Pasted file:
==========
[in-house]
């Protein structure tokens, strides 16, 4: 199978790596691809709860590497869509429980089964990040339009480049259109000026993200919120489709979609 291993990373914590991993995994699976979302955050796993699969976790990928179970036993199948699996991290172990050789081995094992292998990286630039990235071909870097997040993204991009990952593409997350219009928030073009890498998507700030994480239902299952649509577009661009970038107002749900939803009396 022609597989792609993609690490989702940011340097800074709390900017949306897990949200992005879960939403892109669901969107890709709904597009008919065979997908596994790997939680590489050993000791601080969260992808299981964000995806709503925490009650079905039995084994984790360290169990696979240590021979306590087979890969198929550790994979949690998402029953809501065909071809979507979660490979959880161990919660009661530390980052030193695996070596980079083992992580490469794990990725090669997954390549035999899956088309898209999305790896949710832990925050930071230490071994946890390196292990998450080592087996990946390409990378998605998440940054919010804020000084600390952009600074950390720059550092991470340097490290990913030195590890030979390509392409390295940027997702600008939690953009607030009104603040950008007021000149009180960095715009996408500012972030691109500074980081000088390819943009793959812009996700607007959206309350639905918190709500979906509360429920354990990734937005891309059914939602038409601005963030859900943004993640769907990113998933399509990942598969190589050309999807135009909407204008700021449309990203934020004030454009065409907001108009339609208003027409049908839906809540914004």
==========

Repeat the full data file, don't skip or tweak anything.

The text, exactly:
[in-house]
């Protein structure tokens, strides 16, 4: 199978790596691809709860590497869509429980089964990040339009480049259109000026993200919120489709979609 291993990373914590991993995994699976979302955050796993699969976790990928179970036993199948699996991290172990050789081995094992292998990286630039990235071909870097997040993204991009990952593409997350219009928030073009890498998507700030994480239902299952649509577009661009970038107002749900939803009396 022609597989792609993609690490989702940011340097800074709390900017949306897990949200992005879960939403892109669901969107890709709904597009008919065979997908596994790997939680590489050993000791601080969260992808299981964000995806709503925490009650079905039995084994984790360290169990696979240590021979306590087979890969198929550790994979949690998402029953809501065909071809979507979660490979959880161990919660009661530390980052030193695996070596980079083992992580490469794990990725090669997954390549035999899956088309898209999305790896949710832990925050930071230490071994946890390196292990998450080592087996990946390409990378998605998440940054919010804020000084600390952009600074950390720059550092991470340097490290990913030195590890030979390509392409390295940027997702600008939690953009607030009104603040950008007021000149009180960095715009996408500012972030691109500074980081000088390819943009793959812009996700607007959206309350639905918190709500979906509360429920354990990734937005891309059914939602038409601005963030859900943004993640769907990113998933399509990942598969190589050309999807135009909407204008700021449309990203934020004030454009065409907001108009339609208003027409049908839906809540914004």